A simple guide to the effect Off Payroll in the Private Sector (IR35) on contractor's pay
Until April 2020, when the Government will implement this new legislation, it is the contractor’s responsibility to determine whether they are operating inside (also known as caught by) IR35 or outside IR35, and whether the same tax should be paid as if the contractor was employed by the end client. Should HMRC decide to investigate the true workings of their contract and find the contractor had made the wrong determination then their personal service company is liable for any unpaid taxes.
From 5 April 2020 the responsibility, and therefore any potential tax liabilities, falls with the engager if they are medium or large, (small businesses are exempt, more specifically those where two of the following apply – turnover less than £10.2m, balance sheet less than £5.1m, not more than 50 employees). The company paying your personal service company (generally the agency) will be liable for submitting the Income Tax and National Insurance that becomes payable if the role is considered inside IR35 (the same deductions that would be made if a contractor deems themselves caught under current legislation). It will receive confirmation from the end client who will have a legal responsibility to provide that opinion, or determination, for the role.
This means that if your end client is medium or large, it will have to undertake an IR35 assessment for each assignment and decide whether you are operating inside or outside IR35.
HOW WILL THIS AFFECT YOU?
The changes apply to those working through a limited company. They will not make any difference to workers using an umbrella company as all income is already taxed as employment income.
WHAT WILL THE EFFECT BE?
If the assignment is deemed outside IR35 then the director/shareholder can continue to extract profits in a combination of salary and dividends.
If the assignment is deemed inside IR35 then all of the fees will be subject to income tax and national insurance. Simply put, VAT is paid on the gross amount, the employer’s NI (your PSCs NI) is paid over by the agency, along with employee’s NI and PAYE, and you are paid the net plus the full VAT figure. No more tax (ie corporation tax, dividend tax) is due on this payment and it can be taken straight out of your company. Your pay rate will be lower than if it was outside IR35 with this difference being the Employer’s NI (and Apprenticeship Levy if applicable depending on the size of the agencie's staff and deemed payroll).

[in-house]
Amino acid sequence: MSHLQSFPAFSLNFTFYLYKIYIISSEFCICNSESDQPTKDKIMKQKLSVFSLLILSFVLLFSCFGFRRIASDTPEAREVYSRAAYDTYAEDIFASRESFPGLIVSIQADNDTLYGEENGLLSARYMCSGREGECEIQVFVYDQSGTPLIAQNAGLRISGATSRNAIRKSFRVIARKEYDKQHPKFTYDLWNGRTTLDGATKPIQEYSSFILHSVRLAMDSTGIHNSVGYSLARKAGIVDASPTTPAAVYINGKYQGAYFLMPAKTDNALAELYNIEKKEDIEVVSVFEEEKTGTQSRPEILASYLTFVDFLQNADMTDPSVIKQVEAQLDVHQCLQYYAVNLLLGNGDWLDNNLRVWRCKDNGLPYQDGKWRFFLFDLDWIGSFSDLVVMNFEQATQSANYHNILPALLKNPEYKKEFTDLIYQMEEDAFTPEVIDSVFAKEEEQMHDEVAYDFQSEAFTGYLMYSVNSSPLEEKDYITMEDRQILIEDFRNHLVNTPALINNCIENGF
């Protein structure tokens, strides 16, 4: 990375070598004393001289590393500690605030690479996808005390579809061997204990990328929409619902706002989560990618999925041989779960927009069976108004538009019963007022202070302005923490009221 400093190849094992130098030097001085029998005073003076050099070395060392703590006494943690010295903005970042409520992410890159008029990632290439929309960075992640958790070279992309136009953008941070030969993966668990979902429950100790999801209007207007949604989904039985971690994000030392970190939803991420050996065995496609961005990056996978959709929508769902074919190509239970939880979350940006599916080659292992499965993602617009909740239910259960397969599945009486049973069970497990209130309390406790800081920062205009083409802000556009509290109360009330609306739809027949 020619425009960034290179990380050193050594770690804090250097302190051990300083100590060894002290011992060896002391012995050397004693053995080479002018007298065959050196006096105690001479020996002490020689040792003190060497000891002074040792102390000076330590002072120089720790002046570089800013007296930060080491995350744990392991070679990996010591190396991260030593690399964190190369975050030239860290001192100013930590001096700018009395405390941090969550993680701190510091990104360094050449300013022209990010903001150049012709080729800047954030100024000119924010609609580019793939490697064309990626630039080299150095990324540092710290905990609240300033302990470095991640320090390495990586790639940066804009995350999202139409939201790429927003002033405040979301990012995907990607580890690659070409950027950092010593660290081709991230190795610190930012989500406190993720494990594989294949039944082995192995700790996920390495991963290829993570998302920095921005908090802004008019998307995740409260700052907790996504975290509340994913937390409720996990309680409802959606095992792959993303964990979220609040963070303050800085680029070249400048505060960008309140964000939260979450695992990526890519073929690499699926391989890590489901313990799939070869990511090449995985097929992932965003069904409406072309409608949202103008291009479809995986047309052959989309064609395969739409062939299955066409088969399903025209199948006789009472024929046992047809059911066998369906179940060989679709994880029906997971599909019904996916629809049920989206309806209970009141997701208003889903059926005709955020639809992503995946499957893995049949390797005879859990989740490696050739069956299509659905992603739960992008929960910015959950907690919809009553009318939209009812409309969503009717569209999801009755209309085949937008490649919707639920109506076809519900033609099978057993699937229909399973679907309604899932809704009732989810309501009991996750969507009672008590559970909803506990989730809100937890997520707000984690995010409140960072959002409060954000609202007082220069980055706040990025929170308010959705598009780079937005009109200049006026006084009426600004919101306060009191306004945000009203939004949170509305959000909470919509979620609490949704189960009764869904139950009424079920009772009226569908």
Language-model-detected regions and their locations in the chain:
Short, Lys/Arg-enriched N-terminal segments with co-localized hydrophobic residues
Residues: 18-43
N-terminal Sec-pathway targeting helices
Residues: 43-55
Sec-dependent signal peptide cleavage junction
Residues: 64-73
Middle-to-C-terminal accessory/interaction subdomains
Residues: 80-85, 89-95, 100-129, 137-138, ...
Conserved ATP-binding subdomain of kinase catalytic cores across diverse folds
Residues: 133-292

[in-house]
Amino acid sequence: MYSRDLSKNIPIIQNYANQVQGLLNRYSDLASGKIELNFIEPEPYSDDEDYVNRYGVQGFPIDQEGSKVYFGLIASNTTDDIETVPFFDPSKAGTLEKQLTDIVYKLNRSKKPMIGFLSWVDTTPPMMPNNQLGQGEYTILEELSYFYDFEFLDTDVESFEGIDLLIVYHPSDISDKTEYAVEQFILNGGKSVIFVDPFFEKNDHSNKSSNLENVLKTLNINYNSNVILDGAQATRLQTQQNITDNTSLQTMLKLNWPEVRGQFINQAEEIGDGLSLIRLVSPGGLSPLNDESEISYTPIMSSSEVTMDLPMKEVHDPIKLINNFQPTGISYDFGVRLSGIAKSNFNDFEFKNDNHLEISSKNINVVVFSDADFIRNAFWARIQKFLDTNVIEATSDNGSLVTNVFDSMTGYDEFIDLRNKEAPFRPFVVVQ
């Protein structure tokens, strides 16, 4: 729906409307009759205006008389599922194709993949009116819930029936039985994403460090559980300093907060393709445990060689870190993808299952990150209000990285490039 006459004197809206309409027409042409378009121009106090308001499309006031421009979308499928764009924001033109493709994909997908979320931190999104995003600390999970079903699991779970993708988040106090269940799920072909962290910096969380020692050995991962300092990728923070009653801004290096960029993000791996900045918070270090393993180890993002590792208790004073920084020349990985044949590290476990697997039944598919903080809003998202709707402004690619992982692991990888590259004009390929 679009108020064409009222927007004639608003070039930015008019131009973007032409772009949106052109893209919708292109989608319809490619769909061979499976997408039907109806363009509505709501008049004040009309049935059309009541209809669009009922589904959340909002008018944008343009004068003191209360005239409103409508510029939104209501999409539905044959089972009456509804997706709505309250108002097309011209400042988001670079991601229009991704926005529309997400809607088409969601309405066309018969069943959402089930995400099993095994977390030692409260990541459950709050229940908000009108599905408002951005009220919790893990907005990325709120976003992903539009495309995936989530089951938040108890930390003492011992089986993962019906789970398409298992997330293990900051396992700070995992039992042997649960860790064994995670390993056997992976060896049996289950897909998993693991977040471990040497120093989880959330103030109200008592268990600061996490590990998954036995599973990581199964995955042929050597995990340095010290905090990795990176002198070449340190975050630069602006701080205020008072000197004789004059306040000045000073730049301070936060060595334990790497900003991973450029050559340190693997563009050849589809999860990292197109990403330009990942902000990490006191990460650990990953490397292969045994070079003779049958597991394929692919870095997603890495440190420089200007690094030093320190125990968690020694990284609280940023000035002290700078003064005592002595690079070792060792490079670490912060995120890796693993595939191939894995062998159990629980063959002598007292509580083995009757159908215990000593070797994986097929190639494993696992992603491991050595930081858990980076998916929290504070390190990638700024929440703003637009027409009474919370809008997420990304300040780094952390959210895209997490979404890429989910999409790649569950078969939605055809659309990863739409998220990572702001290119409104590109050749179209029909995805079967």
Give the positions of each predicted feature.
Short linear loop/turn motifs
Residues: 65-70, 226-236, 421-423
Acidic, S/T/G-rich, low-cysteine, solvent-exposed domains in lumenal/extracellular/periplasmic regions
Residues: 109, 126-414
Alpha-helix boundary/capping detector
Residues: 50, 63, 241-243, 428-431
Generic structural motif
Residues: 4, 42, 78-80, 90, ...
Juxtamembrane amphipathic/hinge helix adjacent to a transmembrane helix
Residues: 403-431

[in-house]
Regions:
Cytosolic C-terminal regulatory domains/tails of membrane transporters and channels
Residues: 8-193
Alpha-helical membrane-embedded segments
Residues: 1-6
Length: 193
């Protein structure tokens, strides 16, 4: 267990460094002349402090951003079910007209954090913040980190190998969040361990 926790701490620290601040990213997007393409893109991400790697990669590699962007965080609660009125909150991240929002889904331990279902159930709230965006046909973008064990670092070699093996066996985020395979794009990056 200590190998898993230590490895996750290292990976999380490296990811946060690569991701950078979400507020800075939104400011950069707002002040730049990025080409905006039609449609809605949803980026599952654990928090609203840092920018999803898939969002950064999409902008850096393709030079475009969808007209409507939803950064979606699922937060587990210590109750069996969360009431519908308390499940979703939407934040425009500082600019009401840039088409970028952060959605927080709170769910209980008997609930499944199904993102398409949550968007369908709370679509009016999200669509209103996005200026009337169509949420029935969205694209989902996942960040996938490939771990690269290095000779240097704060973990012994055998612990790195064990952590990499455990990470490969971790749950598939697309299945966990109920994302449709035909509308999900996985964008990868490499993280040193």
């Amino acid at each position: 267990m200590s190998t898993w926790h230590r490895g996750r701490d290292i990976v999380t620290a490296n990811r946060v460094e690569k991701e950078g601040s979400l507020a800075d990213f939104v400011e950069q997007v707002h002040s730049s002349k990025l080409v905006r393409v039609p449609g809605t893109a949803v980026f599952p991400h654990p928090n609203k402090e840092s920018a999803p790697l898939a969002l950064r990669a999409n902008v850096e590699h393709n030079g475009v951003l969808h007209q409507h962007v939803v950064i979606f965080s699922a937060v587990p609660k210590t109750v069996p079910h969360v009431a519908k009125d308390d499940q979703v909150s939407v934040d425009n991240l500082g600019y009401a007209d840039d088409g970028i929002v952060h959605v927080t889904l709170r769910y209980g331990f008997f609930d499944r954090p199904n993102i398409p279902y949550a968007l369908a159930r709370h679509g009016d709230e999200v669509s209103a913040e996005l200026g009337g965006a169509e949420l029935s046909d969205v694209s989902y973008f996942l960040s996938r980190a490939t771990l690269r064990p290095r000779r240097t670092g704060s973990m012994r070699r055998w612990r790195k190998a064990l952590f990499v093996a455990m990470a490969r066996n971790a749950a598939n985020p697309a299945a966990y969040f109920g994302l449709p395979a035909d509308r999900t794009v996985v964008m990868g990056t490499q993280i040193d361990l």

A LITTLE MORE DETAIL:
For example, a contractor caught inside IR35 who is used to earning £500 per day outside IR35, is likely now to be offered a rate of around £435 per day inside IR35 (the difference being the submissions that agency needs to make to HMRC for Employer’s NI, as well as the apprenticeship levy if it applies – this is no different from paying £500 per day and the PSC submitting the Employer’s NI – it’s just that this now has to be made on the agency’s ‘deemed’ payroll (the contractor is classed as a ‘deemed employee’). From the £435 per day, employment deductions of Employee’s NI and PAYE will be made, before the ‘deemed’ payment is made to the ltd company.
If one simply compares £500 per day to the new payment of £435 less deductions, then clearly there is a significant difference.
But it is not that simple as there are other rules / obligations that need to be considered.
For those INSIDE IR35:
Your company is paid the Deemed Payment (the net payment after deductions made to the contractor’s ltd company):
Once the deemed payment is made to the ltd company, you still need a way of taking that money out of your ltd company. This can be done in 2 ways:
If you’re a director of your own company, you might choose to pay yourself a dividend from the company’s profits. You can pay yourself a tax-free dividend up to the total of the deemed direct payment received from contracts in the public sector, where Income Tax and NICs have been deducted at source. You don’t need to declare that dividend on your Self Assessment tax return.
You can pay yourself for the work provided to your client through your company’s payroll. As employment taxes have already been paid on the amount your intermediary (your ltd company) receives, you can pay yourself that amount without deducting Income Tax or NICs.
And the icing on the cake:
No Corporation Tax…
When you are calculating your company’s turnover, you should deduct the VAT exclusive amount of the invoice, which is the amount from which Income Tax and NICs were deducted at source. Your company accounts should show this deduction to make sure the amount is not taxed twice.
So to put it simply, the amount paid to you by the agency is yours to take out of your PSC (your ltd company) WITHOUT ANY FURTHER DEDUCTIONS.
For those OUTSIDE IR35
To get your £500 per day out of your ltd company, again you can pay yourself dividends, or a salary (or mixture of both)
The tax advantages between dividends and salary are diminishing but, nevertheless, there is still a slight advantage to dividends. As opposed to the Inside options above, your dividend will be liable to dividend tax, AND corporation tax.
You can take it as salary – but your company will be liable for Employer’s NI (aha, so there’s the difference between the £500 and £435 already gone), then there are the same NI and PAYE deductions taken that were taken for your deemed payment, meaning that if you were to pay yourself purely by means of a salary, your take-home will be the same as if you received the deemed payment from the agency.
And to keep things really simple, using a compliant umbrella company means that the legislation will not apply, you will not have the headache of running a company, and your net pay will be virtually identical to a deemed payment.